There, I've officially agitated those that will inevitably react with strong opinions when I'm done with this blog post! :)
A little background before I get into this discussion/rant/sharing of my two cents. I have been on twitter with a professional account for approx. 6 months now. In that time, I have developed what I consider to be a valuable PLN. I love that I've connected with colleagues, clients, fellow teachers and fellow SMART Board users -- they've all contributed resources, ideas, opinions and generally just made my online experience wonderful.
One of the most discussed topics amongst those that I follow is that of education reform. This is a hot topic in today's education world, and the focus of countless #edchats, keynote speakers, best selling books and professional development in schools. I've engaged in numerous online discussions, and I really value that I get to see a diverse range of opinions on the subject -- inevitably, this makes me refine and shift my own thinking from time to time.
However, one common thread that I have witnessed throughout all of this online babble -- both the conversations that I've partaken in as well as those that I've simply 'eavesdropped' on -- is that many people seem to have the belief that there is only one 'correct' way to reform teaching.
This concept of "my way is the best way" isn't new, nor exclusive to edreform discussions. But what bothers me about this absolute viewpoint is that there are folks that believe that one approach to teaching is the only way to save education, and that this one way is going to improve learning for every single student.
Enter my opinion:
I believe that a "one size fits all" approach to anything in education is not likely to result in increased understanding by all of our students. Much like those who preach that the current education system isn't meeting the needs of all students because of their various talents, strengths and weaknesses, I believe that teachers shouldn't be forced into a standardized mold. This goes for those who have opinions that span the spectrum from constructivism to the traditional 'stand and deliver' method.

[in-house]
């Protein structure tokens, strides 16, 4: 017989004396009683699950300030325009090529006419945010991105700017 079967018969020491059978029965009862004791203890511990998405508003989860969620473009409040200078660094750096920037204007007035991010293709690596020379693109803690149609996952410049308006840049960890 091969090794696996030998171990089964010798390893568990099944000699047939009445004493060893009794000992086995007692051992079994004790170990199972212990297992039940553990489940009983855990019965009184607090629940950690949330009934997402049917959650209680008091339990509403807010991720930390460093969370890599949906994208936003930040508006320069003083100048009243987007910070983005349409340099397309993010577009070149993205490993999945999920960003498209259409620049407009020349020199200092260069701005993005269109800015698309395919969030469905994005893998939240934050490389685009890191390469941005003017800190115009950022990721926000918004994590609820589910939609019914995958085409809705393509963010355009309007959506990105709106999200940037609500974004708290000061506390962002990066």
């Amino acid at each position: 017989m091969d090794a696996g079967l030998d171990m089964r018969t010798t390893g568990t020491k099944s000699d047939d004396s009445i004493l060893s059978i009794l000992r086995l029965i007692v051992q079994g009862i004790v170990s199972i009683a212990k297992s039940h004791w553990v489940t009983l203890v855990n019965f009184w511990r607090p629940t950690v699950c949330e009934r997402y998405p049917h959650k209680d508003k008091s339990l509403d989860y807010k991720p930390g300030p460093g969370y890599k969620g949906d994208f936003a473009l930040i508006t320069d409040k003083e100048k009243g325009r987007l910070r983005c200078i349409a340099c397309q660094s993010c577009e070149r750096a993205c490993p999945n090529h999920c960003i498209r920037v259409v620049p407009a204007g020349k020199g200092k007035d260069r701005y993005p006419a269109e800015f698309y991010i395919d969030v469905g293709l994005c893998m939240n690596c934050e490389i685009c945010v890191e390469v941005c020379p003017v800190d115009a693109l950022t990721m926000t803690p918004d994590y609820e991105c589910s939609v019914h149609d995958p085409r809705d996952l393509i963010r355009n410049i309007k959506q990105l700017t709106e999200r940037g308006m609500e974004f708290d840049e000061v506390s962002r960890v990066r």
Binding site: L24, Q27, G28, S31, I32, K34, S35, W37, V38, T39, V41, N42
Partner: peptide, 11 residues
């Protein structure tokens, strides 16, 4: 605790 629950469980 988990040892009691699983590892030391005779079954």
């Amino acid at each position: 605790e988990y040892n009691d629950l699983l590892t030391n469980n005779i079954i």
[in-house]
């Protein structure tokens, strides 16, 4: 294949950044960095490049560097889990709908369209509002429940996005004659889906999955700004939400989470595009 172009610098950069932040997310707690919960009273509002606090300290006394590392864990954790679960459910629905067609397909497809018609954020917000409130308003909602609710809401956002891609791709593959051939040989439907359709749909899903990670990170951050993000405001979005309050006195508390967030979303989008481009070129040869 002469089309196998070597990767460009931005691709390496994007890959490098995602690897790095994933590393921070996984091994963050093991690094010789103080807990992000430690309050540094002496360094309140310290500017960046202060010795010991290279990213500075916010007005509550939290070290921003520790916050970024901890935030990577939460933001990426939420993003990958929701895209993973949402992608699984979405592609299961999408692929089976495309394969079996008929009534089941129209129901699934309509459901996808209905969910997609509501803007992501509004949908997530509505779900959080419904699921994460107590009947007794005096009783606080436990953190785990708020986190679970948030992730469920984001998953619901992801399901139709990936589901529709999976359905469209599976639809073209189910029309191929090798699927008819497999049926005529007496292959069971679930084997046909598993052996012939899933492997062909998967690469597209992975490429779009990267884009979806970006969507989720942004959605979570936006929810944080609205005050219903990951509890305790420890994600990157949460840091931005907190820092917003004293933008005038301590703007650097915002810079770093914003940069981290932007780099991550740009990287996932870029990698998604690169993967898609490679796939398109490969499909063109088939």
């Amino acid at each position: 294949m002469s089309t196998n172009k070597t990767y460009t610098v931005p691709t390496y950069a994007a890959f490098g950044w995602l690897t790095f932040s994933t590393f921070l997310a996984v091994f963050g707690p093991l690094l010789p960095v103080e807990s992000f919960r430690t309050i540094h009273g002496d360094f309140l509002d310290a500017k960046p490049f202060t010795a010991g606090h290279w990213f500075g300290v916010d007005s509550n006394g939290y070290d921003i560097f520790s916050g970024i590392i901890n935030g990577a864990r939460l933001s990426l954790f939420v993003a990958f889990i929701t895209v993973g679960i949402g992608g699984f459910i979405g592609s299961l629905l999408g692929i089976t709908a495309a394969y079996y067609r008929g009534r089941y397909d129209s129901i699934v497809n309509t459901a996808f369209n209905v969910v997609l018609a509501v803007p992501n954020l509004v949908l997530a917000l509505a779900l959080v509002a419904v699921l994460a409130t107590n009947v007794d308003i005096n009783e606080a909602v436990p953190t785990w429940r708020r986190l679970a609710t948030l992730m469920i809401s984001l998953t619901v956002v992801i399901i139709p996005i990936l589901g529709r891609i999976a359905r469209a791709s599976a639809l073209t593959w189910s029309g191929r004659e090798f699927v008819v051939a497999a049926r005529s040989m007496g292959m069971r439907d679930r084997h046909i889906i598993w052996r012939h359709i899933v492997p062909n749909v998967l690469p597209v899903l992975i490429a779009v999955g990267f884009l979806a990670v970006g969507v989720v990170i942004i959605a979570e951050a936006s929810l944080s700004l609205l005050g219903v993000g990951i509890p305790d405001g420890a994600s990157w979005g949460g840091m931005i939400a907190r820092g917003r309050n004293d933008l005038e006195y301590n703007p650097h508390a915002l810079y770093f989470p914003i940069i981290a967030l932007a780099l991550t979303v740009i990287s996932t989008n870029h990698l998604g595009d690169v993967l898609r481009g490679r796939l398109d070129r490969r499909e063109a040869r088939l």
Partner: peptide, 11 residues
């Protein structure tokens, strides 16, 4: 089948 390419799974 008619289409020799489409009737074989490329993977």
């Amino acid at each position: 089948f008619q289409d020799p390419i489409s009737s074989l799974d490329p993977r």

What I want to scream from the rooftops is that I honestly believe that the actual teaching method itself is not the issue. I have read numerous articles praising the benefits of a variety of methods including student centered learning, teachers using storytelling, inquiry based learning and teachers lecturing with visual aids. Why are we still engaged in this battle focusing on what the best teaching method is?
I should probably back up a bit here and state for the record that I do believe that many elements of the education system need to change (starting with the emphasis on standardized tests). I also believe that there are some teachers who probably need some 'pushing' outside their comfort zone. But there are a million more teachers that are doing wonderful things in their classrooms, and instead of pushing those teachers into the 'one right way' we should be helping them refine their skills.
What I really believe could transform the education world is helping teachers discover their talents, subsequently supporting and developing these talents in their classroom, then coaching them in identifying the context when each style should be used. Let's face it -- a teacher who is a strong storyteller may actually be able to get students to 'experience' an event better than trying to fumble to piece together a poorly constructed student inquiry project. Conversely, there are those that are masters at being a facilitator in their classrooms and guiding students' learning through thoughtful questions -- these types might 'lose' their students interest if attempting to provide a 20 minute lecture.
Before I get a zillion comments regarding the fact I might actually be making a case for 'sage on the stage' I want to backtrack and emphasize that a variety of teaching methods should always be used within every classroom. I'm simply arguing that the amount of time spent with each style should not only vary from teacher to teacher depending on the students in each class, but also on each teachers' strengths.
Thanks to @joe_bower @graingered and @xmath2007 for engaging in a recent Twitter conversation on this exact topic recently! Much appreciated :)
Thoughts? Ideas? Opinions? I welcome them in the comments section. I"m especially looking forward to today's #edchat -- as of this posting, the poll shows this topic in the lead!
Oh, and because I'm very much like Chandler in that I usually try to make jokes to ease the tension during a potentially uncomfortable situation, I'm ending with a funny editorial cartoon:
Haha - thanks for taking the time to read my opinion!
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